Blogs. Funny name – almost playful sounding. But the reality is that blogs are serious business.
Whatever you call them – “timely article repositories”, “online company (or personal) magazines”, “multimedia web-based newsletters on steroids” – they are critical and are not going away.
People Get A Huge Portion of Their News From Blogs (directly or indirectly)
The fact is, most people get a large portion of their news, product information, updates on trends, or “support” from blogs. Major new outlets often use blogs to find stories which they then package up and spread as “breaking” stories to their millions of readers. So in many cases, your news comes either directly or indirectly from blogs.
You may say, “well, I get my news from social media”. Look behind most of those news stories or headlines you see in Facebook, Twitter or LinkedIn and you’ll find either blogs, or news sources that rely heavily on blogs.
Blogs are the Fuel That Runs Social Media
Blog content (as well as a minority of other types of content), is the fuel that keeps the engine of social media running. Without content, social media would come to a slow, chocking halt with a few people sharing pictures of their dinner, babies, political rants, or complaints about that guy who cut them off this morning. No. Social media needs blogs…badly.
A Successor To Blogs? (Fat Chance)
People have been looking for the successor to blogs – items such as Video Logs (Vlogs) or Podcasts. These are great forms of media (and I’m bullish on adding them to the mix), but they’ll never replace blogs. They’re frankly just too hard to produce, not everyone loves straight audio or video, and it’s less convenient to hyperlink to or reference content from within video or (especially) audio content.
Blogs are easy, timely and provide valuable information. The blogosphere also has its economy (affiliates, advertising) and an endoskeleton (link infrastructure) that ties it together.
Don’t Forget About Google
Oh yes. Google. Dominator of nearly 70% of web searches. You don’t search much on the web, do you? Of course you do. We all do.
By the way, as much as Google loves video, pictures and local business listings, the fact is, Google needs text (and lots of it). It needs textual content to provide “trustworthy” details about each web page so it can determine what to rank it for (learn about SEO). Without text, Google’s pretty much lost. Guest what? Blogs provide lots of text which Google grinds up and spits out in the form of search results.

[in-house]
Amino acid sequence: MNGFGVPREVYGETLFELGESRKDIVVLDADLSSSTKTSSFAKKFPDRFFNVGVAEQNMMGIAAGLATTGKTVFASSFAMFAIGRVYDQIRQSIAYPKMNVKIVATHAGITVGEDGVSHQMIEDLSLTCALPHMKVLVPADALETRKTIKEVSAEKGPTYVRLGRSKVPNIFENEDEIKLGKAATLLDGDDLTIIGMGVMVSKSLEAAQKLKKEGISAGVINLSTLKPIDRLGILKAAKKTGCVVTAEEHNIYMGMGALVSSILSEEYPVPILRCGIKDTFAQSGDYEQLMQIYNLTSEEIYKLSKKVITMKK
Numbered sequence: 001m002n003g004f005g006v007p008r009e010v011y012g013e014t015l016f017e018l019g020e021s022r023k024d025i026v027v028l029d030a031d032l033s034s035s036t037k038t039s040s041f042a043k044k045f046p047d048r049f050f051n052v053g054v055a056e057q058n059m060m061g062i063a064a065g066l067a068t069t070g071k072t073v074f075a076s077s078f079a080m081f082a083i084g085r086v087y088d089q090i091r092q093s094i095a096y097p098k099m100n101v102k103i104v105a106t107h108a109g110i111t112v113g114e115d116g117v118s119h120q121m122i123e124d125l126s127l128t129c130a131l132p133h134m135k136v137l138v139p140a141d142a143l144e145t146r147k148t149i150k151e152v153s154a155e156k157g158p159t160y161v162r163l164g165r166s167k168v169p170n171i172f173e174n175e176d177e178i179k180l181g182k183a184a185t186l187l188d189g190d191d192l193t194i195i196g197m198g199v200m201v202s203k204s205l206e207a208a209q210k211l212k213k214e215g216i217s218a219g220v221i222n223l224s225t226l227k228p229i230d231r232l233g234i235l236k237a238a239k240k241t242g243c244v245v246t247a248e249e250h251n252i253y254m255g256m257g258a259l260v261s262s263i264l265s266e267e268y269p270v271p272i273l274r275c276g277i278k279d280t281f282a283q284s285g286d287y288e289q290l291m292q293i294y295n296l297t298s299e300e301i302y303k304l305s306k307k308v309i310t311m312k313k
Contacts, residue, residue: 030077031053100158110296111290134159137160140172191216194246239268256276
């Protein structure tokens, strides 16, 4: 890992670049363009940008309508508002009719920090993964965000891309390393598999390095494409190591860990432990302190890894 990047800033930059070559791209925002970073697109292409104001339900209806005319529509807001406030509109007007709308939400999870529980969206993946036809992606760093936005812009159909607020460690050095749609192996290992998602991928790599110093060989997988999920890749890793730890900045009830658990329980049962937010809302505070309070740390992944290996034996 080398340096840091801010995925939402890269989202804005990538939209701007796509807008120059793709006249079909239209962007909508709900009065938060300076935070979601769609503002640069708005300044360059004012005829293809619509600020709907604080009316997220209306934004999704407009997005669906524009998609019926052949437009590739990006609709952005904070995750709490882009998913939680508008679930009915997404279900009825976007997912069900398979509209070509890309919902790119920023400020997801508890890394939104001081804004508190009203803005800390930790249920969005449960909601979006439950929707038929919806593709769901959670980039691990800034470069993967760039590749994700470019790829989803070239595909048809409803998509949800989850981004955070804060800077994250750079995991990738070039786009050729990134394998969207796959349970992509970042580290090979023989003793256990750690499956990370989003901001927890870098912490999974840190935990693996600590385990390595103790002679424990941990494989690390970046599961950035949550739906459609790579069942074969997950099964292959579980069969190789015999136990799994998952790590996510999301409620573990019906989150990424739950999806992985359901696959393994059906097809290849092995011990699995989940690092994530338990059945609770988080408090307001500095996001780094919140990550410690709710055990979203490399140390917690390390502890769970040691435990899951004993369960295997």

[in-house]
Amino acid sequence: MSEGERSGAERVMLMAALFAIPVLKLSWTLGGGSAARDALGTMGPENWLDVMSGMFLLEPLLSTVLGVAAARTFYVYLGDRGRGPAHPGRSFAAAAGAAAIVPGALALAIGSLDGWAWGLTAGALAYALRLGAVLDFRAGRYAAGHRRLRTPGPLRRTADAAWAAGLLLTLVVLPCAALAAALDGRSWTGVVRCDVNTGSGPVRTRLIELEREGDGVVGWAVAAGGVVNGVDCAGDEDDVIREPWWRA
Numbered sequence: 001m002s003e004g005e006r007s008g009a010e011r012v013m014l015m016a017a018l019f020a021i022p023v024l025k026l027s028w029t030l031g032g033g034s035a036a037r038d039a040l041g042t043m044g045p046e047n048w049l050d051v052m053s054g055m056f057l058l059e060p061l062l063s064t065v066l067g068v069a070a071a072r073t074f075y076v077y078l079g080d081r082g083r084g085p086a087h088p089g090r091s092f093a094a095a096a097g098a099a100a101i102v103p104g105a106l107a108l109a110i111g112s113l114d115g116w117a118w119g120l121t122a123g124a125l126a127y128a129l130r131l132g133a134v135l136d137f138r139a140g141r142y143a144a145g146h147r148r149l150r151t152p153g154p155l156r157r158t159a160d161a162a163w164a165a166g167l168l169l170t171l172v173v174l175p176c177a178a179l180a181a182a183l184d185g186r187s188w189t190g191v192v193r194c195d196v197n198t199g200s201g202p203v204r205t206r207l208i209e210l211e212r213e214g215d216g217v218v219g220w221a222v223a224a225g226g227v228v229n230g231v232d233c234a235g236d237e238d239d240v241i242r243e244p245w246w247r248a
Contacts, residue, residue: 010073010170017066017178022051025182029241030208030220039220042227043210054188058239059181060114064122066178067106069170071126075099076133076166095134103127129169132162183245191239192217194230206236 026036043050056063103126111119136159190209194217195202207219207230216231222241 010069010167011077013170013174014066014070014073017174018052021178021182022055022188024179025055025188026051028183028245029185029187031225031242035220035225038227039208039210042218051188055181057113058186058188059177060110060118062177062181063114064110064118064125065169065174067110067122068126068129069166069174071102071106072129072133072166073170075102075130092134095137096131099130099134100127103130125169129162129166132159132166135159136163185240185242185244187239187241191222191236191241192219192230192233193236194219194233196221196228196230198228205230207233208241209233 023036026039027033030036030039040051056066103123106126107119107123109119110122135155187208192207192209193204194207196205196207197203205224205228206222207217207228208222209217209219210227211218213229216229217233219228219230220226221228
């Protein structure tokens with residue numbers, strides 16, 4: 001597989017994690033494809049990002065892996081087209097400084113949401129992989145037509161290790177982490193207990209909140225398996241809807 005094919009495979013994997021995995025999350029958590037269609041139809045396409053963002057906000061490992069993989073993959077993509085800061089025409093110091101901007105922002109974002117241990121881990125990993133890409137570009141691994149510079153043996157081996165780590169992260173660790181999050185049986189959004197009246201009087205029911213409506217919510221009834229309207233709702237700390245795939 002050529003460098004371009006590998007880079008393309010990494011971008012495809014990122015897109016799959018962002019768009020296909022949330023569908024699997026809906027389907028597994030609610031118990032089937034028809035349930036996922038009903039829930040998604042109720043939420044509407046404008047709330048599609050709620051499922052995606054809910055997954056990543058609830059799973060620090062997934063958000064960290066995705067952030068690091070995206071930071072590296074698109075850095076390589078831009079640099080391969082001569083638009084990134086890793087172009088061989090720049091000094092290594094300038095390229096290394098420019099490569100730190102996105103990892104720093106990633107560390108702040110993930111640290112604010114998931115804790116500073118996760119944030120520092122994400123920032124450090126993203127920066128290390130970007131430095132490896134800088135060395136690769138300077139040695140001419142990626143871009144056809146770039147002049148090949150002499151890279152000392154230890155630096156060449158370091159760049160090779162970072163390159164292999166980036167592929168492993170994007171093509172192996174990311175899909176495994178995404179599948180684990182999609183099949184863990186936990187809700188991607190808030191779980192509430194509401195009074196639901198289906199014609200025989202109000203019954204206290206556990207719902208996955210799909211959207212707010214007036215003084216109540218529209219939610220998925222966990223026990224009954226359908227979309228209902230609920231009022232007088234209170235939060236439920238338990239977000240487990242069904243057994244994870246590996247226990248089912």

Oh, and the blogging world provides the other thing Google needs to reliably rank sites – those links from one blog post to another. It’s also started incorporating interactions related to and shares of content on social media as a ranking signal (I’m sure this will take lots of tinkering to get it right). Here again, blog content (shared in social media) serves a central role.
Blogs Are King
Blogs are King. Don’t let anyone tell you otherwise.
- They break news faster than other forms of media
- They’re easier to create than magazines or newspapers, podcasts or vlogs
- They fit perfectly with social media’s insatiable need for content
- They can include text, pictures, video and audio – suiting the creator’s strengths and passions and the readers’ consumption preferences
- They allow for creative flexibility (not constrained by social media sites’ design requirements or constant changes)
- Blogs are owned, while social media sites/pages/profiles are “leased” and can be deleted without notice
The only people who say that blogs are not important are…
- the people who have started one and quit or who don’t want to try launching one
- people whose jobs are negatively impacted by blogs
- people who have a big stake in something new (e.g. podcasts, vlogs, or new content-based social media platforms that compete with blogs)
Are You Keeping Up a Regular Blogging Schedule?
Social Media combined with original content is a powerful combination. In addition to creative, original or well-researched content, consistency is a key factor for success. To learn more about how I approach consistent content, see Fast, Easy Blogging.
What’s your biggest challenge in producing new blog content?
What’s your biggest challenge with content? New ideas? The time it takes to create new content? Or are you started but just not tasting enough success? Let me know in the comments!
Oh, and if you disagree with my position, let me know too…